In the 1804 London satirical print, ‘A grave physician & lively cobler’ (pictured above), a doctor humorously mistakes humble tradesman Felix Last for a Fellow of the Royal Society. Eyeing the post-nominals emblazoned above the cobbler’s booth – D.M. R.S.F. – the perplexed physician asked the bespectacled cobbler ‘what could bring a man of science like you to mend shoes[?]’ The doctor urged Last to put his education to ‘more profitable’ use by taking up a medical career, prompting the shoemaker to clarify that he knew nothing of ‘physic’; the initials actually signified his former service as a drum major in the Royal Scotch Fusiliers.
Another version of this anecdote appeared in The Gentleman’s Magazine in July 1809. As a correspondent calling himself Cacafogo (Spanish for braggart or fire-sh*tter) complained: ‘so universal is the mania for self-dignification, that, some time ago, in one of my ambulatory excursions, passing through a village in Wales, I observed painted on a board in front of a raccomodeur’s [clothes-mender’s] stall…“Solomon Sheers, M.B.M.D.M.A.” I own my astonishment was roused, and my curiosity keenly excited, at seeing these indiciæ of academical honours, so inapplicable to [the] appearance of the bode and its inhabitant, and therefore easily sought a solution to the enigma; when the knight of the thimble courteously informed me that it denoted him to be a breeches-maker, and also drum-major to the Anglesea Militia.’
According to the disapproving correspondent, the tailor-cum-drum-major’s generous helping of post-nominals was symptomatic of a wider scourge of social climbing, with vulgar parvenus putting on airs and eroding what he considered to be the natural order of society.
Of course, the satirical names employed in both the print and the magazine submission cast doubt on the anecdote’s veracity. ‘Cacafogo’ aside, ‘Solomon Sheers’ presumably alludes to the scissors essential to a tailor’s trade, while Felix Last’s surname surely references the wooden forms used by shoemakers. But fact or fiction, the joke – simultaneously lampooning academic pretensions and ridiculing drum-major-cobblers for getting too big for their boots – enjoyed lasting appeal. A very similar story was recounted by Thomas Geering (1814-1889) in his 1884 reminiscences of nineteenth-century life in Hailsham, Sussex: ‘Here is another trade joke. A facetious cobbler, who had been a soldier, and settling down in one of our small towns in the neighbourhood, put on his board over his shop-door following his name, “F.R.S.” Soon after he was visited by a stranger, a gentleman, who, offering his hand, feelingly inquired how it happened that a Fellow of the Royal Society should be found in so humble a position; but the man readily explained that he knew nothing of the Royal Society nor its letters. He had only, he said, initialed his last profession as Fifer in the Royal Surrey [Militia], and as he hoped the letters would attract attention and bring him customers, he did not feel disposed to alter the sign.’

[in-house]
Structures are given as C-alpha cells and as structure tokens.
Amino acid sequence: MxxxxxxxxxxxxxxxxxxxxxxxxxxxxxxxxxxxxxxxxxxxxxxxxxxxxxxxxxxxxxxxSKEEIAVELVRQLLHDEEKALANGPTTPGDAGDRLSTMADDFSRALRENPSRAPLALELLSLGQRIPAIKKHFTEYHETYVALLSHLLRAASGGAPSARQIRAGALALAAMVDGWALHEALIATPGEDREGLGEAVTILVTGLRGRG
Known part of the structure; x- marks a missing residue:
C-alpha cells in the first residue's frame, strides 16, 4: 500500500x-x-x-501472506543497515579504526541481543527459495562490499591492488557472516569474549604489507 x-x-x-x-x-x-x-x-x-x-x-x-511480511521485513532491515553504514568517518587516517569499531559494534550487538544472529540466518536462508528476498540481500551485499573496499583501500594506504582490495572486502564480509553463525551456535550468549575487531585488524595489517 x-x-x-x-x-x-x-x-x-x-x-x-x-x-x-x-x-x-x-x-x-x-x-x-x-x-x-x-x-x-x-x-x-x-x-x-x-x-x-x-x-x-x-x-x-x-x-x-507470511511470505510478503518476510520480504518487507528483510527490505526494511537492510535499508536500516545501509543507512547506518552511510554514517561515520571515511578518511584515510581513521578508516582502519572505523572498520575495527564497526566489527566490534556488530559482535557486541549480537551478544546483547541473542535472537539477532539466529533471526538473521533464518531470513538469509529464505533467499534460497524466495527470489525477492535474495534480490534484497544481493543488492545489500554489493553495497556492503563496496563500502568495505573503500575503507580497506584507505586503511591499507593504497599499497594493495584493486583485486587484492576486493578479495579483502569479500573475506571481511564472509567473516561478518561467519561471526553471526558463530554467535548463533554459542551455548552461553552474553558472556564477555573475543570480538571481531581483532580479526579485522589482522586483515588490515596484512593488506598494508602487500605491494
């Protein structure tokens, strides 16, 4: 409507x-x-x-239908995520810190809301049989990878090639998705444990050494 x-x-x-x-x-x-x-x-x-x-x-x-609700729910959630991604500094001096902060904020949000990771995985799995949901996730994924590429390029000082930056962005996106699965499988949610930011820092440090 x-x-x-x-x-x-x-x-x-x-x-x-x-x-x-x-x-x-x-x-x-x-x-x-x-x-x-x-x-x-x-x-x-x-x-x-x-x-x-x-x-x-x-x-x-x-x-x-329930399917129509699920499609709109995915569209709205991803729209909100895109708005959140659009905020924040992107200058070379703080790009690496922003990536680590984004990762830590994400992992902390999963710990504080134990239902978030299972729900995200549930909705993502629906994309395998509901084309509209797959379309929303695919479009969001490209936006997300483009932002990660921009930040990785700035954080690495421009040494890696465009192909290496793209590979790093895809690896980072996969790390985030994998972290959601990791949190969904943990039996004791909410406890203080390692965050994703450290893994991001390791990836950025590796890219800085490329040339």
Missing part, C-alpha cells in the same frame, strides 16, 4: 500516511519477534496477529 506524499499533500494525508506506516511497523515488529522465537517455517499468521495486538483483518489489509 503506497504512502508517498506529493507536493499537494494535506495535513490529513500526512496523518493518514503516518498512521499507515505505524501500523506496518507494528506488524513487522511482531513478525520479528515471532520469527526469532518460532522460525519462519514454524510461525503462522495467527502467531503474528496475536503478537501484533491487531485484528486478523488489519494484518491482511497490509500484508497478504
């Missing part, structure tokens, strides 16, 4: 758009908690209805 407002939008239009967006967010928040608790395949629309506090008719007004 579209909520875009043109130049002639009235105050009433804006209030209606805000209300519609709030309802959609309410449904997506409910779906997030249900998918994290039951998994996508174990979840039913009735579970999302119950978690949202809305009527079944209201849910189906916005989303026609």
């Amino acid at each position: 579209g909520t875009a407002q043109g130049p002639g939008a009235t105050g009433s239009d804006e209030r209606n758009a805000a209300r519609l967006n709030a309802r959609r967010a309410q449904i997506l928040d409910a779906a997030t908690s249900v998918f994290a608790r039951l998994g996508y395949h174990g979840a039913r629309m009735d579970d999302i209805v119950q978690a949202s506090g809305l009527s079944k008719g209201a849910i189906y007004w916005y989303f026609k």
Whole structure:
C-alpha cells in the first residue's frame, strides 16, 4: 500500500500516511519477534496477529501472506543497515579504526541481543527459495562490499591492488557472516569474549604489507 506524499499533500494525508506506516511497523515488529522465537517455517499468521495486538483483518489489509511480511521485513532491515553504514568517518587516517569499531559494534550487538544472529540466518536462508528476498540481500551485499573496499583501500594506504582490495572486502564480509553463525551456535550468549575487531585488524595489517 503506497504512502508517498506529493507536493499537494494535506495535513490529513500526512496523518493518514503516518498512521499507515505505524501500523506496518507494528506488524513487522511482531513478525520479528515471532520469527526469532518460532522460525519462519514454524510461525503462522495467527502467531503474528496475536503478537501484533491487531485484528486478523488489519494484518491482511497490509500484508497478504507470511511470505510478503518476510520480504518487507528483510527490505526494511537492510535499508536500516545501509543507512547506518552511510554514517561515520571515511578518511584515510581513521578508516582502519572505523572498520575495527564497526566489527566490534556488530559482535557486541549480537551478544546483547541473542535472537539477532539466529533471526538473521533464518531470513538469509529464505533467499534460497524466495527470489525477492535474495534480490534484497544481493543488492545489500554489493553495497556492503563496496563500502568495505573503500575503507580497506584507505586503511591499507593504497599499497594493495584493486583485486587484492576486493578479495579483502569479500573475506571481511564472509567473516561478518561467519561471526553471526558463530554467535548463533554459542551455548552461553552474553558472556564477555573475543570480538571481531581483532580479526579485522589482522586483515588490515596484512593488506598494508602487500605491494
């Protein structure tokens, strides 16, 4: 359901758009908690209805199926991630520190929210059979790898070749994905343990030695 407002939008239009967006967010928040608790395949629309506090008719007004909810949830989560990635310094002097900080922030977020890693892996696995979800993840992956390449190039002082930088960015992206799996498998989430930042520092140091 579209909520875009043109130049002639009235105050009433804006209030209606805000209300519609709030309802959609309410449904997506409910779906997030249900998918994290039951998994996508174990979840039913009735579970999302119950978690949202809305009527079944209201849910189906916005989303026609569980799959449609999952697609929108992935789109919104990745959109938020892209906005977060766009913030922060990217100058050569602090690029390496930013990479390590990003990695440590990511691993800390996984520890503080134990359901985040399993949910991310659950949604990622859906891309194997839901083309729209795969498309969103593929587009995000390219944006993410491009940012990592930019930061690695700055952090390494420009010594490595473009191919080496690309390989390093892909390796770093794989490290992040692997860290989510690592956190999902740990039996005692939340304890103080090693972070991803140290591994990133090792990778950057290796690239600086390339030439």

Whatever the truth of these amusing stories, they certainly capture the considerable pride taken by Napoleonic-era veterans in their wartime service, be they seasoned Peninsular men or former weekend warriors of the local volunteers. Moreover, I know of one verifiable (if rather more melancholy) instance of a drum-major appending the initials of his rank to his signature. Drum-Major William Washer of the Canadian Fencibles attended the 1812 funeral of James Faulkner, the three-month-old son of a black regimental bandsman, and signed his name as a witness in the Sorel parish register as “Wm Washer DMCR” – Drum-Major, Canadian Regiment.
 Strictly speaking, no regiment of this title existed during the early nineteenth century. The Royal Scots Fusiliers were then known officially as the 21st (Royal North British Fusilier) Regiment of Foot, North British being a synonym for Scottish.
 The Gentleman’s Magazine (July 1809), p. 608. The anecdote was repeated in The Cambrian newspaper on 26 August 1809: “In the front of a tailor’s shop, in North Wales, is a board with this dignified inscription: – “SOLOMON HUGHES, B. M. M. D. M. A.” which the owner interprets, Breeches Maker and Drum Major to the Anglesea Militia.”
 T. Geering, Our Parish: A Medley, by one who has never lived out of it (Lewes, 1884), p. 87.